In 1921, back in the United States, he was elected president of the Vatra federation in Boston and resumed editing the newspaper Dielli (The sun) there, in which he now had his own column, Shtylla e Konitzës (Konitza's Column). In the summer of 1926, Faik Konitza was appointed Albanian ambassador to the United States by the dictator Ahmet Zogu (1895-1961), a post he held until the Italian invasion of his country over Easter 1939. He died in Washington on 15 December 1942 and was buried in Forest Hills cemetery in Boston. After the fall of the Communist dictatorship, his remains were transferred to Tirana and interred in a park at the edge of the city.

Faik Konitza wrote little in the way of literature per se, but as a stylist, critic, publicist and political figure he had a tremendous impact on Albanian writing and on the culture of his time. His periodical Albania, published in French and Albanian under the pseudonym Thrank Spirobeg, not only helped make Albanian culture and the Albanian cause known in Europe, but also set the pace for literary prose in southern Albanian dialect. It is widely considered to be the most significant Albanian periodical to have existed up to the Second World War. Writers like Thimi Mitko (1820-1890), Kostandin Kristoforidhi (1830-1895), Andon Zako Çajupi (1866-1930) and Gjergj Fishta (1871-1940) first became known to a broader public through the pages of the periodical which Faik Konitza published faithfully over the course of twelve years.

Albania, financed to some extent by the Austro-Hungarian authorities under the auspices of the Kultusprotektorat and accordingly betraying pro-Austrian proclivities, contained articles and information on a wide range of topics: history, language, literature, folklore, archeology, politics, economics, religion and art, and as such constitutes a mini-encyclopaedia of Albanian culture of the period. Konitza valued a free exchange of ideas and he placed the columns of Albania at the disposal of his rivals whom he countered with caustic wit. In literature, he attacked the often banal nationalist outpourings on the lofty virtues of the Albanian people and called for a more realistic and critical stance towards his nation with all its failings. Steeped in Western culture, he found it difficult to appreciate the poets of early romantic nationalism like Naim bey Frashëri
(1846-1900) whose ideals were those of a bygone age and whose verse he regarded as unsophisticated. How could they, with their sacrosanct expressions of patriotic fervour, compare with the higher level of literary and artistic achievement he had encountered in France, to writers like Verlaine, Baudelaire and Apollinaire? The biting sarcasm with which he expressed his intransigence towards the naivety of his compatriots and towards the many sacred cows of Albanian culture and history let a breeze of fresh air into Albanian letters.

Konitza strove for a more refined Western culture in Albania, but he also valued his country's traditions. He was, for instance, one of the first to propagate the idea of editing the texts of older Albanian literature. In an article entitled Për themelimin e një gjuhës letrarishte shqip (On the foundation of an Albanian literary language), published in the first issue of Albania, Konitza also pointed to the necessity of creating a unified literary language. He suggested the most obvious solution, that the two main dialects, Tosk and Geg, should be fused and blended gradually. His own fluid style was highly influential in the refinement of southern Albanian Tosk prose writing, which decades later was to form the basis of the modern Albanian literary language (gjuha letrare). Konitza's ties with the Zogu regime in later years created consternation among many Albanian intellectuals and it is this more than anything which caused his influence on Albanian literature and culture to be underestimated and ignored by post-war critics in Tirana. His sarcastic comments and polemics in Albania and elsewhere, and his irascibility and arrogance did not always make him a popular figure, but the spontaneity and refinement of his prose are universally recognized and admired.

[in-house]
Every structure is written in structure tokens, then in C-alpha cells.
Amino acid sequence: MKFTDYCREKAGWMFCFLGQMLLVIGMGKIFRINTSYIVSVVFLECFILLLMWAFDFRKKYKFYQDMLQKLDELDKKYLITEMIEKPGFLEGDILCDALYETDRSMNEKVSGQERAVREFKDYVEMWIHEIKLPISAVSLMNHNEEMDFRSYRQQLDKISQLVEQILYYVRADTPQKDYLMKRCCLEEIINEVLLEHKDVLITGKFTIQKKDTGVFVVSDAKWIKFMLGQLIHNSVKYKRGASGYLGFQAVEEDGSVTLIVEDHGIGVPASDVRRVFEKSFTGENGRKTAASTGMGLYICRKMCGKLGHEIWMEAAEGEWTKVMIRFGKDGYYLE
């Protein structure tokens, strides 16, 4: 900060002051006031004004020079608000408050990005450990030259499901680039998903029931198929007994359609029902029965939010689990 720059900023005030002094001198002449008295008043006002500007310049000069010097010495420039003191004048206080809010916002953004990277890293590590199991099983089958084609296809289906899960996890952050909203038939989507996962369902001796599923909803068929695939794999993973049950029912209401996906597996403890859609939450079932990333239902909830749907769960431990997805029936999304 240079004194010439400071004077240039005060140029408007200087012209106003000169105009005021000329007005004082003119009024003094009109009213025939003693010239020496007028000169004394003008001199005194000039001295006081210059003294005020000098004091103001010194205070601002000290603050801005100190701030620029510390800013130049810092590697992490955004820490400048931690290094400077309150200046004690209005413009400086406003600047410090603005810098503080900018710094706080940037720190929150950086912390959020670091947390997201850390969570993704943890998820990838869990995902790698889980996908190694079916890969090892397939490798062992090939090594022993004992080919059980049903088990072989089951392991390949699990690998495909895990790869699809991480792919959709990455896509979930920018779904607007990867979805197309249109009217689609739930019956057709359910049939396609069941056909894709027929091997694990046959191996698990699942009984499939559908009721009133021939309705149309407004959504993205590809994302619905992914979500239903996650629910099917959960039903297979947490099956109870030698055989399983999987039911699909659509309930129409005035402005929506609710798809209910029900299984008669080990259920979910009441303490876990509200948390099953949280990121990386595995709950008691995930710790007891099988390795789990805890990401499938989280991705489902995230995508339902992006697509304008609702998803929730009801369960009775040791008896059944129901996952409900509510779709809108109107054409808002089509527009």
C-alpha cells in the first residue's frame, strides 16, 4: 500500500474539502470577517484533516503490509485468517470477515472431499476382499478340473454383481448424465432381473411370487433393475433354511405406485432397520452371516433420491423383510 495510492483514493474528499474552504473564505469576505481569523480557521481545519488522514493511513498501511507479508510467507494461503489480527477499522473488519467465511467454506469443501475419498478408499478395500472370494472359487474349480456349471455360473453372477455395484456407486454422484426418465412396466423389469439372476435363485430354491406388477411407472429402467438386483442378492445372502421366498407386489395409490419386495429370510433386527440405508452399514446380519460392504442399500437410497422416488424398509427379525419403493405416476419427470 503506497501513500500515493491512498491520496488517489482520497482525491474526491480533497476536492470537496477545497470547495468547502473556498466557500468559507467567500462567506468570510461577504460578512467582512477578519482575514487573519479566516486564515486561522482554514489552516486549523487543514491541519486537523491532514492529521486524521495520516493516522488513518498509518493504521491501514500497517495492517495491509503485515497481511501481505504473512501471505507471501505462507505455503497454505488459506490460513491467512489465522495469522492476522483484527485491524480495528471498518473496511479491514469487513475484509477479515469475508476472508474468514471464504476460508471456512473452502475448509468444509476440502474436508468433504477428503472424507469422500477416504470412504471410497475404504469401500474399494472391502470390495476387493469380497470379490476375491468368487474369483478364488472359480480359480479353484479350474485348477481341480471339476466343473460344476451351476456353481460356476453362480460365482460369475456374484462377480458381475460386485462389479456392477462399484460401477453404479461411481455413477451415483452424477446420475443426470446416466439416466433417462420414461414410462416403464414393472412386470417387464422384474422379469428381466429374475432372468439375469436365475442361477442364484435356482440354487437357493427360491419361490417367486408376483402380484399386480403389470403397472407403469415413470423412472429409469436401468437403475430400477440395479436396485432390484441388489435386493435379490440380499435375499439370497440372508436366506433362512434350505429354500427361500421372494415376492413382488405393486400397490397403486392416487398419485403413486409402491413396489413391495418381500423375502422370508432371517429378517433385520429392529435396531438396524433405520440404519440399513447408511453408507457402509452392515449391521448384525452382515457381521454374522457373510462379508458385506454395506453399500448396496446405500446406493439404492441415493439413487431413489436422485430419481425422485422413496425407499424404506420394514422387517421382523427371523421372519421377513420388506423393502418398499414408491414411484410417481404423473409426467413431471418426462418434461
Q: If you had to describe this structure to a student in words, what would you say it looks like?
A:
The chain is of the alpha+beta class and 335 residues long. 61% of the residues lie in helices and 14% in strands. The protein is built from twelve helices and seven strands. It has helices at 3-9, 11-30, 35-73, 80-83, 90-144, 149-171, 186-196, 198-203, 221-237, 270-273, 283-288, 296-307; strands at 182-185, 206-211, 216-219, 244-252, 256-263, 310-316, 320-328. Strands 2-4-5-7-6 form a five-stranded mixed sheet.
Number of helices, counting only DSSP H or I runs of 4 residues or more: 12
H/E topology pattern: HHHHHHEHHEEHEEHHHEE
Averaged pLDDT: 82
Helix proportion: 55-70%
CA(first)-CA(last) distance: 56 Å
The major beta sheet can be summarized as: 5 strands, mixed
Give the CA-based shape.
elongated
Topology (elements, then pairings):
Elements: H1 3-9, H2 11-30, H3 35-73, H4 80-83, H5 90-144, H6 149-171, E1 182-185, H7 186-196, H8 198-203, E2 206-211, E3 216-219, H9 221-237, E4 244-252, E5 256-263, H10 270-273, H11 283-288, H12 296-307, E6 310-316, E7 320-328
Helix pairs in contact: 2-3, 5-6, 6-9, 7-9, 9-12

Faik Konitza's writings are nonetheless fragmentary. He was the author of numerous editorials and articles on politics, language, literature and history which appeared for the most part in Albania e vogël (Little Albania), a fortnightly supplement to his periodical Albania from 1899 to 1903, He also wrote what could be regarded as a novel, although he never completed it. This is the satirical Dr. Gjëlpëra zbulon rënjët e dramës së Mamurrasit (Dr Needle discovers the roots of the Mamurrasi drama) in which he makes some delightfully pungent observations on the backwardness and the questionable hygienic standards of his compatriots. Konitza's only book publication in Albanian was a translation of Arabic tales from a Thousand and One Nights, entitled Nën hien e hurmave, Boston 1924 (In the shade of the date palms). In Dielli (The sun) from 1929 on, he also edited the narrative of his travels to Albania, a series entitled Shqiperia si m'u-duk (How Albania appeared to me), in which he expressed much unflattering criticism of various character types he had encountered there: bureaucrats, social climbers, pretentious aristocrats etc.

It is only in very recent years that his writings in Albanian have been collected and published. In English, a selection of his work was edited by Qerim M. Panarity in the 175-page volume Albania, the rock garden of southeastern Europe and other essays, Boston 1957. The present publication, bringing together not only the first English translation of Guillaume Apollinaire’s short essay on Konitza, but also much of the Albanian publicist’s previously inaccessible correspondence with noted figures of his age, constitutes a further achievement and another step major forward in making this much neglected figure known to the Western reader.

Robert Elsie, Olzheim / Eifel, Germany, Autumn 2000